Lim: I actually approached Kaitlyn 4 years ago about writing a story about a Filipina American teen who goes back to the Philippines for the burial of her great-grandmother and finds a piece of jewelry that possesses supernatural powers. Kaitlyn took that seed of an idea and turned it into a truly epic story with intriguing subplots and surprises along the way.
Yanes: Both Fajilan and Renovilla are incredibly talented. How did you find them?
Lim: I met Kaitlyn on the set of a short film in 2017, and we both were members of Fil-Am Creative, an organization for Filipino Americans in the entertainment industry based in Los Angeles. Renoida was referred to us by our cover artist Kat Layno, who is from the Philippines.
Yanes: Haliya is the goddess of the moon in Filipino mythology. Were there aspects of this figure that were left out?
Lim: As you may know, Filipino culture is hardly monolithic. Different regions have different spins on the same myths, and that goes for the tale of the Seven Moons. What we know for sure is that Haliya (or Halia) was an ancient ritual performed in ancient Bikol during the full moon. This ritual was believed to frighten away Bakunawa, a sea serpent bent on eating the moon. Haliya is speculated to have been a moon goddess ancient Bicolanos worshiped. Her warrior abilities and mask made of pure gold are potentially the result of fan fiction created throughout the years, but we’ve decided to incorporate those elements to enrich our narrative nonetheless.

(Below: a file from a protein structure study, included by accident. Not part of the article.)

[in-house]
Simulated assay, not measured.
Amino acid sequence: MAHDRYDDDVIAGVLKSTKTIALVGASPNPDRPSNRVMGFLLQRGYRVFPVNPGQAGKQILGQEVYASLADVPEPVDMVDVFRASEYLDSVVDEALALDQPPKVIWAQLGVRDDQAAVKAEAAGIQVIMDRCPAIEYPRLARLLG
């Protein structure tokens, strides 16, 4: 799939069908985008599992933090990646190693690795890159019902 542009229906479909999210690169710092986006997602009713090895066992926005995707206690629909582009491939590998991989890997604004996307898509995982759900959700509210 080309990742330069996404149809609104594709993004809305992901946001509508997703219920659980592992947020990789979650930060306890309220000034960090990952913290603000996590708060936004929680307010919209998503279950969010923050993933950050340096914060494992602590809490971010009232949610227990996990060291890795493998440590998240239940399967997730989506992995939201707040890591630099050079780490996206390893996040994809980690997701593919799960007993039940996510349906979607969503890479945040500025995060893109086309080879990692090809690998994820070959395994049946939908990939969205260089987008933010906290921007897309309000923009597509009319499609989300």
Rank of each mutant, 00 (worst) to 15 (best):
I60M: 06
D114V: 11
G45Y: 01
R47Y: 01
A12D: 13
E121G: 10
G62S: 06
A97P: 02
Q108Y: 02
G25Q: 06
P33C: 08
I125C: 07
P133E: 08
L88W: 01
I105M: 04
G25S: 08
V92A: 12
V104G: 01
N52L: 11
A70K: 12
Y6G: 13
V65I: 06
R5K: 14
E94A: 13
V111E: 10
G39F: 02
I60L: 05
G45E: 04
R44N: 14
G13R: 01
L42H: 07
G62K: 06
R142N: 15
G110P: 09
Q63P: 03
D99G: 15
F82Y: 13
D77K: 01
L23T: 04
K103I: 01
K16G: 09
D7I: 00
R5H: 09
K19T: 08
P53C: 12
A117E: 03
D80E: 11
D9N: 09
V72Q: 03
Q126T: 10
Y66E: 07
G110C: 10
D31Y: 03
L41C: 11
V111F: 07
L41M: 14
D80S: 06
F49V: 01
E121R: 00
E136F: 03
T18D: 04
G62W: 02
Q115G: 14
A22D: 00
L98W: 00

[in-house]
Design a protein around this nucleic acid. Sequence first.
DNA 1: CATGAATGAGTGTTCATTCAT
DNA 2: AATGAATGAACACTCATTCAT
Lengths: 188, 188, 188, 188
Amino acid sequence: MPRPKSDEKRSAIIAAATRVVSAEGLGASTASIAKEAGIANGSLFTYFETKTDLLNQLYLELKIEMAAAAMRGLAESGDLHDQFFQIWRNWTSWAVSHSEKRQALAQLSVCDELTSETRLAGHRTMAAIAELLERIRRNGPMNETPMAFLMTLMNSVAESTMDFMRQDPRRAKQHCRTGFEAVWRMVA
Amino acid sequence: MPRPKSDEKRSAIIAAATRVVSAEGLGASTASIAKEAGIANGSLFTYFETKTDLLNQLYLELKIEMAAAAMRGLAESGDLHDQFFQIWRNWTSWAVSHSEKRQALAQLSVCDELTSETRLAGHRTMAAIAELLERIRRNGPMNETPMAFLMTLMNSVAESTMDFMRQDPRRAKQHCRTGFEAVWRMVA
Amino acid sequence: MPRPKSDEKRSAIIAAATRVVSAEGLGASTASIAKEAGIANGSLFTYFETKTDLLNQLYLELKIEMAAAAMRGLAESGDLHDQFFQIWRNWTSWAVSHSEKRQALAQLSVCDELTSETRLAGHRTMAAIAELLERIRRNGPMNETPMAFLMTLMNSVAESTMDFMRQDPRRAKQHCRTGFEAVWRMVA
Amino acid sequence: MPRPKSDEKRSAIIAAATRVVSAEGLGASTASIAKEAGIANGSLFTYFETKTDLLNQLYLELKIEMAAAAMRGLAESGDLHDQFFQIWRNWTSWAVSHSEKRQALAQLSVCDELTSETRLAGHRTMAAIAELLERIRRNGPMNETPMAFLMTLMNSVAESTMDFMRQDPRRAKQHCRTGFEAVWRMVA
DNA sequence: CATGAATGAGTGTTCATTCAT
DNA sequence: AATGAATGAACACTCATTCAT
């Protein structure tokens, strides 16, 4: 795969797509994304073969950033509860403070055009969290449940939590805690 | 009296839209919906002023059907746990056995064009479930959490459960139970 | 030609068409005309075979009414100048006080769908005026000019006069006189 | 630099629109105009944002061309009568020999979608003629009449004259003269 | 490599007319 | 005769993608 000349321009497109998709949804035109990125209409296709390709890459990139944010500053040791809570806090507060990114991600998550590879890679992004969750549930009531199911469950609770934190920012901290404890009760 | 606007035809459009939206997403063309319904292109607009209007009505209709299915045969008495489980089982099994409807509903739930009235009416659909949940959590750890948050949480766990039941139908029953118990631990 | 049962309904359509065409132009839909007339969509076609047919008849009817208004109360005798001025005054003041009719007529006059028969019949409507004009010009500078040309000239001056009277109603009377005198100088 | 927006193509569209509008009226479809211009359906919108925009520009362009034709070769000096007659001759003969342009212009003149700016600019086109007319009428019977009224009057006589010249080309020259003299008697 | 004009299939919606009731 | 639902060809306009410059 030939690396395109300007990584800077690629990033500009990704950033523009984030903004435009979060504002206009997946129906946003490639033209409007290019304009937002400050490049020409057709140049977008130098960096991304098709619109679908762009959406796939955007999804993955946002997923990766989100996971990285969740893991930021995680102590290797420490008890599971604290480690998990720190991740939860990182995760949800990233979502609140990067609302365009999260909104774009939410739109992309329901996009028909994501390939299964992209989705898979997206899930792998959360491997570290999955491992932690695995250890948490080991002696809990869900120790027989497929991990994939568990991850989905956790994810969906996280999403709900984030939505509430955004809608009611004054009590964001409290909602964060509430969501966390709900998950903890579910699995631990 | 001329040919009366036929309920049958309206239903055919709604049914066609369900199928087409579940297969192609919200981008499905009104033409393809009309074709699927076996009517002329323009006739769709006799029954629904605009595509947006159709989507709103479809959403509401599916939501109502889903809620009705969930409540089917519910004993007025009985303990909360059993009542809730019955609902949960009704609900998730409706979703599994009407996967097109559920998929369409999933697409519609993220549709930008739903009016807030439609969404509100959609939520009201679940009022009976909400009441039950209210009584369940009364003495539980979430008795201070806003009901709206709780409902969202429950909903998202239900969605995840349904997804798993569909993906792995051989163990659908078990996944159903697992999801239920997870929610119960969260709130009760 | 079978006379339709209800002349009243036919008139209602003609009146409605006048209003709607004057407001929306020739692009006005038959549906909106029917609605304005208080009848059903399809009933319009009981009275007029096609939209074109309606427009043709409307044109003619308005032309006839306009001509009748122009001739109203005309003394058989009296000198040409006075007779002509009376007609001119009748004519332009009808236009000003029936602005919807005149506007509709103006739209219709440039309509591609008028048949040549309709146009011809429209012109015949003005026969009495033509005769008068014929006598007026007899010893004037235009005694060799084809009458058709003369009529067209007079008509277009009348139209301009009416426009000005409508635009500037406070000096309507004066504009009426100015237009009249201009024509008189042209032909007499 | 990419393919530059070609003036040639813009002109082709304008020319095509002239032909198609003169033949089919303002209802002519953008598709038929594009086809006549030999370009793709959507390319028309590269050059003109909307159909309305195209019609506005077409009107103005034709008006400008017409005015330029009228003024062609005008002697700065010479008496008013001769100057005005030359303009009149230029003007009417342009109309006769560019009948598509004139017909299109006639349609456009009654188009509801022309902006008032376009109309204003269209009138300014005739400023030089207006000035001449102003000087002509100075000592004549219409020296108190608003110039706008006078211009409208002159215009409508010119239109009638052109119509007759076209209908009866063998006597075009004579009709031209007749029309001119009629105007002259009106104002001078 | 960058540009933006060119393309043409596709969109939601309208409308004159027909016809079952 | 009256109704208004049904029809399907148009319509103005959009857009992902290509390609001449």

Yanes: Given how many titles are currently being sold, it is notoriously difficult to market a new comic book. How did you go about developing a marketing strategy for The Mask of Haliya?
Lim: Being an unknown comic book company, we knew that we needed to work hard on the marketing. First and foremost, we worked on making sure we delivered a comic book that had a great story with amazing artwork and high-quality printing. My belief is that organic growth through word of mouth on social media in the US and Philippines would be key. We also will be participating in several comic book signings, comic cons, and other events. The comic books stores who have The Mask of Haliya on their shelves have been giving us overwhelming support as well. If you are not near one of those stores, you can order a copy through www.kwentocomics.com, or digitally on the Amazon Kindle Store.
Yanes: When people finish reading The Mask of Haliya, what do you hope they take away from the experience?
Lim: I’m most excited for more Asian-American female teenagers to see themselves in our “unlikely” heroine: a main character who you’d never expect to be heroic and yet grows to empower her voice and embrace her vulnerability. I really hope people are going to be represented with the unique cultural identities featured in the story, and that more will learn about underrepresented Filipino mythology by finding characters in our series that they really love.
Yanes: Finally, what else is Kwento working on that people can look forward to?
Lim: Well, we already have the first 20 issues for The Mask of Haliya mapped out. However, we are super excited about the second comic book series from Kwento Comics. It will also have Filipino mythology, but it will be darker and a little scarier.